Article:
The gauge and lens holder may be used for either monocular or binocular measurement of the pupil location in the following manner. The gauge may be placed in the aperture of the holder by inserting the smaller diameter disk in the back side of the front clamping member for measurement with empty spectacle frames where the gauge would lie in the plane of the lens socket. The gauge may also alternately be held by the brackets on the front of the holder along with test lens. The holder is then clipped over a lens socket of a spectacle frame so that the bubble in the level in the handle is centered on the index of the handle. For measurement of the pupil location for correct placement of a corrective power vertically in a progressive lens the gauge is aligned in the holder so that the center line 18 of the filter insert is horizontal with the rulings calibrated from the base located at the left. While the patient views either a close or distant object the filter insert is moved vertically by means of the rack and pinion gear to a point at which the object is blocked out by the red filter. The measurement indicated by position of the center line against the calibrated scale added to the lateral ruling distance from the bottom edge of the socket to the bottom edge of the gauge gives the proper pupil vertical location for near or distance viewing.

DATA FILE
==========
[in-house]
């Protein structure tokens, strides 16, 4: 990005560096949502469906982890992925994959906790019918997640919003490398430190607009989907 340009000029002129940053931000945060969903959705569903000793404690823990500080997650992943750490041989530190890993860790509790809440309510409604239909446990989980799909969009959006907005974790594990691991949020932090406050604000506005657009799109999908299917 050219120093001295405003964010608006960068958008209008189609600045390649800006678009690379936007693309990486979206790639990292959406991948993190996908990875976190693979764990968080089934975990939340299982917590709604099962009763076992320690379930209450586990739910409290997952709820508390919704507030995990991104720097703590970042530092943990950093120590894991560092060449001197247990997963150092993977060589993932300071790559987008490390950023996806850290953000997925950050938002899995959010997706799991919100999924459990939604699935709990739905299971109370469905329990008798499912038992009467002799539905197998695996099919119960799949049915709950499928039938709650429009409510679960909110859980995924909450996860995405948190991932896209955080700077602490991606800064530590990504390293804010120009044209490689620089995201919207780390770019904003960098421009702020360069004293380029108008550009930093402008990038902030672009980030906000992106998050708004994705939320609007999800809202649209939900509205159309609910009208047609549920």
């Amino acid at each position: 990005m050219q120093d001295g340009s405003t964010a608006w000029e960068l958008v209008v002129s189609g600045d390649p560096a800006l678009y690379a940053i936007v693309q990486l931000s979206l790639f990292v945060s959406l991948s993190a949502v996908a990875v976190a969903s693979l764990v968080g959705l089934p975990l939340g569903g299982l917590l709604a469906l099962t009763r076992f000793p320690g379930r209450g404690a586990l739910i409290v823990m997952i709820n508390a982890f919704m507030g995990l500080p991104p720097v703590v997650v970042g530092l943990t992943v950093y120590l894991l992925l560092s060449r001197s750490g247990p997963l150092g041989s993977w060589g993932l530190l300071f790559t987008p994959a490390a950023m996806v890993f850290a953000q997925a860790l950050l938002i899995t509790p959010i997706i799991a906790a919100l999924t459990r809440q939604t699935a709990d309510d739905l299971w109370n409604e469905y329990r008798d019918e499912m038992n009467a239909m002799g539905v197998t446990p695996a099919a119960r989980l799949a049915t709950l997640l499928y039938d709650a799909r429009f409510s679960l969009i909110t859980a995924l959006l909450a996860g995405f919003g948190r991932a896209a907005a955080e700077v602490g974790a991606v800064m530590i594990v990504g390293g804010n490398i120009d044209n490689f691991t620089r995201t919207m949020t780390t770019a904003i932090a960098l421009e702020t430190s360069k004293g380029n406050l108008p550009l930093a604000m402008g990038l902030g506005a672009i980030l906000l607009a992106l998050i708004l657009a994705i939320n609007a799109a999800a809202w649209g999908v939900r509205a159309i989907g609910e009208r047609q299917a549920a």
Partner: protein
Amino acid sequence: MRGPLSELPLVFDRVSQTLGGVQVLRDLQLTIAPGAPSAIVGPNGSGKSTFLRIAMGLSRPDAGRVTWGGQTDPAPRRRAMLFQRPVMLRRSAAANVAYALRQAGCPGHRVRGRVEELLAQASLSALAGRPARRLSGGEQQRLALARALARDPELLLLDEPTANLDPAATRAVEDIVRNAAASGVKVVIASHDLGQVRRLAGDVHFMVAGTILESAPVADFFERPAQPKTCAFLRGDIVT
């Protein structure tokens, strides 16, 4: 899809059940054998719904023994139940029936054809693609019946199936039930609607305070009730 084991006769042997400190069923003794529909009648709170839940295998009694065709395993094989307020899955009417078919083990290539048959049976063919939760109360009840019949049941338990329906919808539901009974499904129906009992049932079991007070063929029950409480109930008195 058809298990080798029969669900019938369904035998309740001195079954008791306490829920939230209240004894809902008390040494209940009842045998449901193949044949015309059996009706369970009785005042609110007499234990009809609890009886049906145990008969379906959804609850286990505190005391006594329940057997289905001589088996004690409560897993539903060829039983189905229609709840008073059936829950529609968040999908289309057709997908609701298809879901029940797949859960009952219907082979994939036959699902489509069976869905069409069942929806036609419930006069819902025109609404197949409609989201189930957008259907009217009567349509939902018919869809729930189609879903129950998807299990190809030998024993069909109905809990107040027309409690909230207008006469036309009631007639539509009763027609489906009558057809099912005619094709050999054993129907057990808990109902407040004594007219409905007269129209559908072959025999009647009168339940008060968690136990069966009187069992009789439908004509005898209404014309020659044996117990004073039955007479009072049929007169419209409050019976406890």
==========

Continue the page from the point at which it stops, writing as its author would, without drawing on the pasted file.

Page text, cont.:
Two lens holders may be joined for binocular measurement by means of the slotted handle member 32 as shown in FIG. 9. A scaled rod 46 is slid through the slots of the handles of two lens holders so that the rulings 47 are visible through the window 35. The two lens holders are clipped to the two lens sockets of a spectacle frame 48 as shown. The pupil location gauge is then moved as discussed above to measure the vertical pupil location of each eye. The gauge is then rotated 90° so that the center line 18 of the filter insert is in a vertical position and the rulings calibrated from the midsection located at the top as shown in FIG. 9. The filter is then moved horizontally until the view by one open eye of a distant or far object is blocked by the filter. The test is repeated with the other eye. The distance on the scaled rod 46 between the index lines 34 of the handle of the two lens holder plus or minus the correction measured by each of the pupil location gauges is the horizontal interpupillary distance, the distance between the line of sight of one eye and the line of sight of the other eye at a point in a near or far plane. This distance may also be measured monocularly with one lens holder by centering the scaled rod over the center of the spectacle nose piece and measuring the pupillary distance from that point for each eye using one lens holder.